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Thirteen Lives (Christian Movie Review)

About The Movie

For eighteen days in 2018, the miraculous Tham Luang cave rescue gripped the world. Millions of people were glued to the news as the heroic efforts to rescue twelve young boys and their soccer coach from a flooded cave unfolded like a Hollywood movie. Thus, it’s unsurprising that the real-life events would inevitably become a film. Thankfully, esteemed director Ron Howard proves to possess the perfect storytelling sensibilities for such a retelling. Thirteen Lives is a superb, excellently crafted film that is as intense as it is inspiring. 

The movie is bolstered by a strong ensemble cast, highlighted by Viggo Mortensen, Colin Farell, Joel Edgerton, and Tom Bateman. Each one of them shines in his role. Thirteen Lives, however, is not a story about individuals. Enough details are provided to establish their characters as real people with lived histories, but none of these backstories are explored in much depth. Rather, Thirteen Lives is the story of community—both local and global. From start to finish, the focus is on the rescue operation.

The compelling story is treated with excellent, immersive cinematography. The audience feels the suffocating claustrophobia of the submerged caves. Despite a lengthy 2:19 runtime, the film maintains constant tension.  Even when the pace slows down in the middle as the rescue plans and preparations are made, the dire urgency of the situation is always apparent. When the rescue operation takes place, comprising almost the entire final hour of the film, it has viewers holding their breath.

The film is beautifully shot and constructed, yet it lacks some of the expected Hollywoodization (and I mean that as a positive). Howard demonstrates restraint, rarely forcing or manufacturing excitement. He allows the inherent drama of the real-life events to stand on its own. In a year filled with relatively hollow, spectacle-driven blockbusters, Thirteen Lives stands out as one of the best films of the year.


On the Surface

For Consideration

Beneath The Surface

Engage The Film

Compelled By Love

The film is appropriately titled Thirteen Lives. How much is life worth, and to what lengths will people go to save it? Although not ascribing any direct Christian motivation to the rescue efforts, the movie hints at the biblical declaration, “For the love of Christ compels us” (2 Corinthians 5:14). Many characters make great personal sacrifices, such as farmers flooding their fields to divert the water from the caves. The film makes it clear that many unsung heroes were involved in the operation in addition to the divers. An end card reveals that more than 5000 people from 17 nations came to contribute to the rescue effort. In a speech thanking the volunteers for their many sacrifices, the governor notes, “You ask for nothing in return. But I know you all did this for one reason. The love for the boys.”.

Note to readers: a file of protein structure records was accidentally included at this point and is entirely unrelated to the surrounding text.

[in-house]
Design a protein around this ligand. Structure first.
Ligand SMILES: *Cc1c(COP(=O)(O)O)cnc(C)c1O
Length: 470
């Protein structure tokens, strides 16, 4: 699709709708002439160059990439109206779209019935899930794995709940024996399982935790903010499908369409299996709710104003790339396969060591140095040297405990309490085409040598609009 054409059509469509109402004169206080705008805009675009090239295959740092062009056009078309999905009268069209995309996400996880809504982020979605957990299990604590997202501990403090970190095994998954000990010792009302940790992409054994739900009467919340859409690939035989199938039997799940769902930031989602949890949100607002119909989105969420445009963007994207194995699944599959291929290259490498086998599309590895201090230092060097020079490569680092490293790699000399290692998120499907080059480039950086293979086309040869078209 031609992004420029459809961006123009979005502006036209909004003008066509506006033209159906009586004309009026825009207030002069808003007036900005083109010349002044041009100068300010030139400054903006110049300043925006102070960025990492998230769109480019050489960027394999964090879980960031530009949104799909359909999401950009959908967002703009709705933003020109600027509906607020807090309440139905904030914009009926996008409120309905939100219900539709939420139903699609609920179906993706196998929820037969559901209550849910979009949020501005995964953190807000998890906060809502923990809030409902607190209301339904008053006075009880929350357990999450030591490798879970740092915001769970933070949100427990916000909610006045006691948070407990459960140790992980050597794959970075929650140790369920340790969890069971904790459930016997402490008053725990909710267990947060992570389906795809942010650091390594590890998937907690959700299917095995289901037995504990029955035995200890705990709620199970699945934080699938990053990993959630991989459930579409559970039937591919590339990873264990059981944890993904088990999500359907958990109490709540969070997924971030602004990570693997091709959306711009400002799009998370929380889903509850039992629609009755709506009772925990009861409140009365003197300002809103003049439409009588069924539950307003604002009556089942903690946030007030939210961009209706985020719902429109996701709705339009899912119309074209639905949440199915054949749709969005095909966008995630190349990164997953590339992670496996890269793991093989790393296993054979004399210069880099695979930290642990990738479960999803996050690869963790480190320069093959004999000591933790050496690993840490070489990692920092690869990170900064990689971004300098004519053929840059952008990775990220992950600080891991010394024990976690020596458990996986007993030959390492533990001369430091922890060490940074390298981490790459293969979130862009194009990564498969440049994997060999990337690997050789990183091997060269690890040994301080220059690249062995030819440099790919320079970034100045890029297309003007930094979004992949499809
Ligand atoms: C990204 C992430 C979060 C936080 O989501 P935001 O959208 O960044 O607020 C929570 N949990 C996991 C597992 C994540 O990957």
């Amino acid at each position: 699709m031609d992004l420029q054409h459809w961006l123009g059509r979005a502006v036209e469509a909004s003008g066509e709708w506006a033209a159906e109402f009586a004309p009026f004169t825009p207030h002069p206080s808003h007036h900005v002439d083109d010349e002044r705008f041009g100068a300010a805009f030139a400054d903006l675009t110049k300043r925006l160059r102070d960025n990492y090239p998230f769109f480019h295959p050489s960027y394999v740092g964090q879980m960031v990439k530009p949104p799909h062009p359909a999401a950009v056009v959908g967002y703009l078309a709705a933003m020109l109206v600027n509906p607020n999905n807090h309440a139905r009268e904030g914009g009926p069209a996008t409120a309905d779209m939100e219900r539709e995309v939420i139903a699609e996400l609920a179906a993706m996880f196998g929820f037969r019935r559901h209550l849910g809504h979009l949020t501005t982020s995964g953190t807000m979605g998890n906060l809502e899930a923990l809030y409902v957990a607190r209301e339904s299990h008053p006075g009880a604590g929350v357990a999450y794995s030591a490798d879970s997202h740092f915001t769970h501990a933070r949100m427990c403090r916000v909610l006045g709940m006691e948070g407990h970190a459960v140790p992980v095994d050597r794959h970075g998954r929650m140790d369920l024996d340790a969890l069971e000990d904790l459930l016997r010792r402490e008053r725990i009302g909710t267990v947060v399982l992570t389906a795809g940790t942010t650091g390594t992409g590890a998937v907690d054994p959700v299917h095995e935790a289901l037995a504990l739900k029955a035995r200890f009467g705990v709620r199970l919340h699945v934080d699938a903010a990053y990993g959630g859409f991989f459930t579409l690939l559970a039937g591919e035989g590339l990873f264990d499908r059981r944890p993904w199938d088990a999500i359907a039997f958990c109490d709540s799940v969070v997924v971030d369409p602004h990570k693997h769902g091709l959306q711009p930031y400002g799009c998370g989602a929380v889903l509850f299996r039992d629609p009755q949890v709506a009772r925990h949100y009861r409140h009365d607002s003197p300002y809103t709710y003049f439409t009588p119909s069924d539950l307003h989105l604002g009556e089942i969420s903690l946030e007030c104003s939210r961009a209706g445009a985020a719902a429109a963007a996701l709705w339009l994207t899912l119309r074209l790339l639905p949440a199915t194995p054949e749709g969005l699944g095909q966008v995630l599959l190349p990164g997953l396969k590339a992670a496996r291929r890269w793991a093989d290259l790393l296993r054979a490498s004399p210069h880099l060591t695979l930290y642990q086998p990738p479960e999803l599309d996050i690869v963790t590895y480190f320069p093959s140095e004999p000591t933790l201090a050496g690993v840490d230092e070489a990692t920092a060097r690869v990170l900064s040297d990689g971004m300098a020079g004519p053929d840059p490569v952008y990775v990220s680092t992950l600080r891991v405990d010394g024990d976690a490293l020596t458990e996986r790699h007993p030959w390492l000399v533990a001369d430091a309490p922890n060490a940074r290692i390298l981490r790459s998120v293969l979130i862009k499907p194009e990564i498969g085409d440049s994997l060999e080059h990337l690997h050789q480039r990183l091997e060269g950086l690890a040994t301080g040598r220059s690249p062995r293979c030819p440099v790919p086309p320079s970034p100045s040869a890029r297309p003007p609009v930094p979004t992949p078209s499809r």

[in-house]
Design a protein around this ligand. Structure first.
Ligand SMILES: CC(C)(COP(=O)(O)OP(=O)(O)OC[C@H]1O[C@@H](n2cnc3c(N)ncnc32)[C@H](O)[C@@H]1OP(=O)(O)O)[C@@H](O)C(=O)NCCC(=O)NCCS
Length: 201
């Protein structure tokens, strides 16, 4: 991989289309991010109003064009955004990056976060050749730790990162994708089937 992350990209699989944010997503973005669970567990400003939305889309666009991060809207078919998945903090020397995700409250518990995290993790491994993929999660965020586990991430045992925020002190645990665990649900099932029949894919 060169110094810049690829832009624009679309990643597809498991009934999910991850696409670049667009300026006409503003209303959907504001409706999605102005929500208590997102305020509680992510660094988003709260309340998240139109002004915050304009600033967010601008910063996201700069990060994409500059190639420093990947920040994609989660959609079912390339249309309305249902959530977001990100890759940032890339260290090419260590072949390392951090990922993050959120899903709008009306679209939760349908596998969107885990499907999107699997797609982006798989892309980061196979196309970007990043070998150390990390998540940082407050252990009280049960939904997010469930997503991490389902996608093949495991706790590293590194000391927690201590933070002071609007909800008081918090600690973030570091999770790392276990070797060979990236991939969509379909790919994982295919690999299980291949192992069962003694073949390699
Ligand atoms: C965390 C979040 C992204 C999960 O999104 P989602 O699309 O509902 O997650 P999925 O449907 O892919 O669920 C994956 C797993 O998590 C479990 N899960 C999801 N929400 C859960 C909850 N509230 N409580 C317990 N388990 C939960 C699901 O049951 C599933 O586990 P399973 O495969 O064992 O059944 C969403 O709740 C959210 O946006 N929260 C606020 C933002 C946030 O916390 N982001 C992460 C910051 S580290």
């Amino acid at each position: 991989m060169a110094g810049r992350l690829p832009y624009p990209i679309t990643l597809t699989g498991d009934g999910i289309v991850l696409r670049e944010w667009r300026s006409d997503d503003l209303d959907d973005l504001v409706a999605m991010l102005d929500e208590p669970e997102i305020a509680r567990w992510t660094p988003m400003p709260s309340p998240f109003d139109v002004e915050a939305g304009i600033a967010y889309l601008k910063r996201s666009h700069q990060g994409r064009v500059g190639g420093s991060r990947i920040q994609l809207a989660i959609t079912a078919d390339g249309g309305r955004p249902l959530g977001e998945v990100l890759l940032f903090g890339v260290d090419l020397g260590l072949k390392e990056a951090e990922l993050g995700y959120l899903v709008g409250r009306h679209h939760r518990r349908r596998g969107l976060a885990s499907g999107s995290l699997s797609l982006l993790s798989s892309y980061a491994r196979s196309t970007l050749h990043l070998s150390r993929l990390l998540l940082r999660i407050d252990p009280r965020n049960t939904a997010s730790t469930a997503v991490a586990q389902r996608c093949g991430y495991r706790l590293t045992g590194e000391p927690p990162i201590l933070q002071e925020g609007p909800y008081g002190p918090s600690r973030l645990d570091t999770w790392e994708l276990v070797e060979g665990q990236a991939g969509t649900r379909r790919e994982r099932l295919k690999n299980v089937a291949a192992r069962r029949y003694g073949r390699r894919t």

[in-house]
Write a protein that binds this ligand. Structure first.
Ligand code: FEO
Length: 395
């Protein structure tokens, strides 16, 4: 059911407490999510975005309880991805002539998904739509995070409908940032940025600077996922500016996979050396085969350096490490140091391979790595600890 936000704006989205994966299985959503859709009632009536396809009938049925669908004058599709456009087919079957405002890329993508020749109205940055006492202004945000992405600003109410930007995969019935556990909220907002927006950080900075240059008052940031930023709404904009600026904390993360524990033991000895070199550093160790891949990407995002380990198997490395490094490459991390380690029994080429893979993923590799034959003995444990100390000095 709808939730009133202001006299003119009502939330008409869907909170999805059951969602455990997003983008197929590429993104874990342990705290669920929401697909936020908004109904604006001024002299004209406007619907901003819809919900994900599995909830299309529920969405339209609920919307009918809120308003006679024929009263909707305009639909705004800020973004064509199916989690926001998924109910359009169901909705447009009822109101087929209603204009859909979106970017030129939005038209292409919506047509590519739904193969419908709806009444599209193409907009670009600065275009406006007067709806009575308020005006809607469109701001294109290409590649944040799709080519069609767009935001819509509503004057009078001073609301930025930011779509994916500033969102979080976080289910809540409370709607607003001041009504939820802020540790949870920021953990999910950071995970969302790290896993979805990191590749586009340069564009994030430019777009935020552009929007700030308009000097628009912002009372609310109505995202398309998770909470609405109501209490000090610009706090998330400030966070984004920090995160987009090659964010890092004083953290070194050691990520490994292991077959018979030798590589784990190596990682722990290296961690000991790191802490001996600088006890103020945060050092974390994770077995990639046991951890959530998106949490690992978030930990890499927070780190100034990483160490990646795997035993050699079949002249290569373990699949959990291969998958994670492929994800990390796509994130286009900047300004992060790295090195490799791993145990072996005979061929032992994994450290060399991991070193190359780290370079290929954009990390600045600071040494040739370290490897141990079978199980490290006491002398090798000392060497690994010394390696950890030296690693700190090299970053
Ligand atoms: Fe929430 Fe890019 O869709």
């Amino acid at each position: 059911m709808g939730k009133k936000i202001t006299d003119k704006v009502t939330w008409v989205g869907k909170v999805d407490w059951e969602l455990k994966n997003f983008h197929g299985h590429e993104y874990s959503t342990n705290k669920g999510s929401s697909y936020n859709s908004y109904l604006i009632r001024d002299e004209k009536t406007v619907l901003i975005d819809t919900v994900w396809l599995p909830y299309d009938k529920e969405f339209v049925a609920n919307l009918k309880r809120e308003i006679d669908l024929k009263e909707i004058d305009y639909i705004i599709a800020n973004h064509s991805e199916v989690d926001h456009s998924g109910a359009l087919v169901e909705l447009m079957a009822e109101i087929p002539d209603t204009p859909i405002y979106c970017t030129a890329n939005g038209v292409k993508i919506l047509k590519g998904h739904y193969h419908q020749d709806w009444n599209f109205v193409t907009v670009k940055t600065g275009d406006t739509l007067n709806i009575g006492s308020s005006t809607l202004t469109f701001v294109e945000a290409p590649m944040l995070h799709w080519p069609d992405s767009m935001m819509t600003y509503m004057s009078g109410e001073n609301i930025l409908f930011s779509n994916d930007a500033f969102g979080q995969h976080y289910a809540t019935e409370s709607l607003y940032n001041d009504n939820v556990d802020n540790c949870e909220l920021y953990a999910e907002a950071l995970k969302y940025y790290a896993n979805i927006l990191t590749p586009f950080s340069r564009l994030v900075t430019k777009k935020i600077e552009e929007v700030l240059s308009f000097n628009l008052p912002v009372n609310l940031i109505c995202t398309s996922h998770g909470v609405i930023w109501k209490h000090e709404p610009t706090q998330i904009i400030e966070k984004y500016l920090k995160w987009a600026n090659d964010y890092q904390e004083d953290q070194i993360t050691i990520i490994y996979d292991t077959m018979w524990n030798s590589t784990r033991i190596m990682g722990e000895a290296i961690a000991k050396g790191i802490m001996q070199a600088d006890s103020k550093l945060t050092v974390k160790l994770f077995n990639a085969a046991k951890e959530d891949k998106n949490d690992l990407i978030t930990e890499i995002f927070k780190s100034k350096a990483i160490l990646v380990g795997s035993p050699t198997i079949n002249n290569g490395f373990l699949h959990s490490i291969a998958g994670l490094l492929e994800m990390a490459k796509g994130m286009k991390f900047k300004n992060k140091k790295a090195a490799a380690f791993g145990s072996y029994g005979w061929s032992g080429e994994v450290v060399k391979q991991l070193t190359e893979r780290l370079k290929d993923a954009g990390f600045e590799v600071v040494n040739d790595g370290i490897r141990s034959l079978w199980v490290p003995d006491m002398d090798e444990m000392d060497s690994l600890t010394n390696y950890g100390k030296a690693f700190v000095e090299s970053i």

Unity and Shared Humanity

The rescue operation is an international effort comprised of people from diverse ethnicities, religious backgrounds, and walks of life. In the beginning, there are hostilities and mistrust among the group. Thankfully, the film doesn’t overly dramatize these tensions, but the friction is evident. For example, the Thai navy seals feel a sense of competition with the older British divers. As the days drag on and the rescue becomes increasingly urgent, pettiness and hostility are set aside for the good of the trapped boys. The navy seals recognize that, despite their youth, their open-water training is not as adequate as the older divers’ experience in tight caves.

In the Bible, Paul writes, “Whatever happens, conduct yourselves in a manner worthy of the gospel of Christ. Then, whether I come and see you or only hear about you in my absence, I will know that you stand firm in the one Spirit, striving together as one for the faith of the gospel” (Philippians 1:27). The film is a reminder that our differences are not as important as our shared humanity and that hostility is set aside when we unite for a greater, common purpose. 

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